I'm Not a Bad Parent for Swearing Around My Children


I have always cursed a lot.

I grew up on the Upper West Side and attended public school from ages 5 to 18. I learned the word “fuck” at 7 and started actively using it in my everyday vernacular at 9.

In 4th grade, my friend/table mate Max used his #2 pencil to draw on my desk. I looked him dead in the eye and said, “Fuck off!”

So, yeah, I’m an avid user of profanity in the right context.

How did I come to love cursing so much? I don’t fucking know.

Actually, that’s not the case. My dad is from the Bronx. He’s a wonderful, sensitive man, Libra, moon in Cancer. When I was a child, he would do anything and everything to help me out, and that continues to this day.

When I was 8, he accidentally stubbed his toe and proclaimed, “Cocksucker!”

I was 8 at the time. It was funny to me. I responded by asking, “You okay, Dad?”

He said he was fine, but from that I gathered that cursing was a way to relieve stress.

So I started to use profanity in that way. On the playground I’d casually ask a classmate what the fuck they were doing when they didn’t obey the rules of freeze tag or use the correct base. (Not cool, OK? Not cool at all.)

Anyway, I continued to love using four-letter words into adulthood. Of course, I learned where and when it was appropriate to use them. For example, I would never use them at work or in a context where I was meeting new people. That’s frowned upon, as we all know. But in the company of close friends, I would let loose and curse away.

Fast forward to age 28, when I was pregnant with my first child.

I started to question my love of profanity.

I don’t want my children to emulate my language usage in quite the same way. I want them to think about their word choices and perhaps employ some creativity when communicating with other people, explore colorful alternatives rather than immediately jumping right to “fuck.” The English language is riddled with lovely words to choose from—try some of those instead.

The other factor that I began to consider quite seriously is that I didn’t want my toddler muttering swear words because generally society looks down upon such things.

It’s taboo, but it makes me appear as if I curse at my children—which is a thing I in no way would ever condone.

After I had my son, I made a conscious effort to try to cut down on the usage of “fuck” and “shit” and I mourned the loss of my dear friends. However, that abstinence was short-lived. One day, my 6-month-old baby accidentally dropped a stainless steel water bottle on me, and it hurt like a motherfucker. Without thinking, I screamed, “FUCK!” as loudly as I physically could and began to cry. I have no regrets; it was extremely cathartic.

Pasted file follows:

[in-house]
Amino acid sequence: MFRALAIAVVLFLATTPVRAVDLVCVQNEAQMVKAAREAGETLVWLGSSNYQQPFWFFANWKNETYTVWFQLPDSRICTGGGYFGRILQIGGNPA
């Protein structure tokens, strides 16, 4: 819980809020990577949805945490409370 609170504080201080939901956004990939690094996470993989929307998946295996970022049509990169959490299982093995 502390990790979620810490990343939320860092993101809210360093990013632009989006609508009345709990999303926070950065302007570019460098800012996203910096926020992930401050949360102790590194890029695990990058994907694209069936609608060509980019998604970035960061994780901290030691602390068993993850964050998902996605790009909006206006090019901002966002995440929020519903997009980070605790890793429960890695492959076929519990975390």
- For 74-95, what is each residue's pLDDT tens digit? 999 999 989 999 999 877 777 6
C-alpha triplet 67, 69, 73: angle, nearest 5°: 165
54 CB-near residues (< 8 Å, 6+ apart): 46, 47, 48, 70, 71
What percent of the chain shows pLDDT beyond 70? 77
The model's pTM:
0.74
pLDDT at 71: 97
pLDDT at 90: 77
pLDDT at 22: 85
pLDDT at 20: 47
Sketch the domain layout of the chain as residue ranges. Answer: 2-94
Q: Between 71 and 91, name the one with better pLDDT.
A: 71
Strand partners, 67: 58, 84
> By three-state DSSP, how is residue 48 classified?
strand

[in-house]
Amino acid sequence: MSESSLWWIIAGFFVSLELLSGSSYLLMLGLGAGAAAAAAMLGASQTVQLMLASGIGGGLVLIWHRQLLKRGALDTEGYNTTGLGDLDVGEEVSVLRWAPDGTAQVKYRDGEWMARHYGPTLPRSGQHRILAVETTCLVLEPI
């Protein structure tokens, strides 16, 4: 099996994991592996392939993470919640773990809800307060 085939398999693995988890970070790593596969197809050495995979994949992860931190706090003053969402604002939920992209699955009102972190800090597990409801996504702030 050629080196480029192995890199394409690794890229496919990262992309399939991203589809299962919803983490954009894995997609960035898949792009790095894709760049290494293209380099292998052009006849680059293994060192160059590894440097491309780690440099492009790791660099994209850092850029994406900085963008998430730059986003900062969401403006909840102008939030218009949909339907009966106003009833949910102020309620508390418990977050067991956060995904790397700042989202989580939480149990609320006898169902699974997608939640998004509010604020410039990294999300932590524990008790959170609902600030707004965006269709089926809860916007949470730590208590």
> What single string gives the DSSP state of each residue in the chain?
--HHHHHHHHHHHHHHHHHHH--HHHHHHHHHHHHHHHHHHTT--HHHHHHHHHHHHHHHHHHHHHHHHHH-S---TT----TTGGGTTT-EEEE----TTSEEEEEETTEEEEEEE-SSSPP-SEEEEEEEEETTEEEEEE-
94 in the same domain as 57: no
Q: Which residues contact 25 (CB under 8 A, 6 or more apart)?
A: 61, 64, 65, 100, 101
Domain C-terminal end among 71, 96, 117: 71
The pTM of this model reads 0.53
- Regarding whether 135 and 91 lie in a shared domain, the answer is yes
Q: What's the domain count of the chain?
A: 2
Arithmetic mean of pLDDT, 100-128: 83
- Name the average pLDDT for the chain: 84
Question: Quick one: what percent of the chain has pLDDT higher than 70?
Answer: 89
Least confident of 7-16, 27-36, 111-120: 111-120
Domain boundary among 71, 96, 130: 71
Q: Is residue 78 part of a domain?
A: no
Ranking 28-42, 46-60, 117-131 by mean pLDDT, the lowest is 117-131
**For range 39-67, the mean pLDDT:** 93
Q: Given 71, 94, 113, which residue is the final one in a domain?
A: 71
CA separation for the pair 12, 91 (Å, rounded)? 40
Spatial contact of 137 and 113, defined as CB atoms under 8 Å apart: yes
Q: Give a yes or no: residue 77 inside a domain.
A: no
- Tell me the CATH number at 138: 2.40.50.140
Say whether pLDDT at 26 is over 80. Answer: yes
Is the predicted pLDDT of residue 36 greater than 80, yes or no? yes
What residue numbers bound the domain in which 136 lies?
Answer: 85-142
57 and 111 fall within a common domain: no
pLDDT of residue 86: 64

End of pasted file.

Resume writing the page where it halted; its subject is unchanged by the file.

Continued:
I have two kids and I curse like a sailor. I do not curse at them, but I curse around them. And they know the difference.

I tell them that "fuck" and "shit" are curse words, that they are for grownups to say. I don’t sugarcoat them. But I also do not intend to give up the words that offer me a level of catharsis I can’t seem to locate elsewhere in the English language.

And you know what? I’m fucking okay with that.

Parenting is fucking hard. It’s the hardest thing I’ve ever done and I need to curse to release the stress of managing two kids 24 hours a day. I don’t smoke, drink or do drugs, so I’m going to say "fuck" a lot. Because I like to.

Cursing is my one vice, so please let me have that. I need something to take the edge off parenting. By the end of the day after clothing, bathing, conversing with, playing with and feeding two children, I am ready to fall down and die. I need something to help me to cope with the intense amount of pressure to which I am subjected.

So what do I do? I say "fuck" a lot.

According to Psychologist Steven Pinker, cursing is cathartic. When we are sent into fight-or-flight mode, it's because an area in our brains called the amygdala is activated. A profane vocalization can be just the trick to release the nervous energy with which our bodies are tense. Pinker makes an analogy to someone accidentally sitting on a cat: The cat’s reaction is to hiss or yelp in pain, much like a human being exclaims “fuck” when they stub their toe.

I won’t give up on cursing. I love it so—it makes me feel fucking great!

That’s verified by psychologist Timothy Jay, who states that cursing isn’t just about aggression. Far from it, in fact—cursing allows us to express emotions genuinely. Imagine your friend told you she just won $1,000 on an instant Lotto ticket. You might respond with: “Fuck yes!” I know would.

Being a parent does not mean that I have to relinquish my love of profanity.

I have loved it for so long and with such vehement loyalty that I will not give it up. It allows me to release feelings of frustration, anger, and even joy.

If anybody goes so far as to shame me for cursing too much, I say this to them: Fuck that shit.

This story by Sarah Fader originally appeared on Ravishly, a feminist news+culture website.

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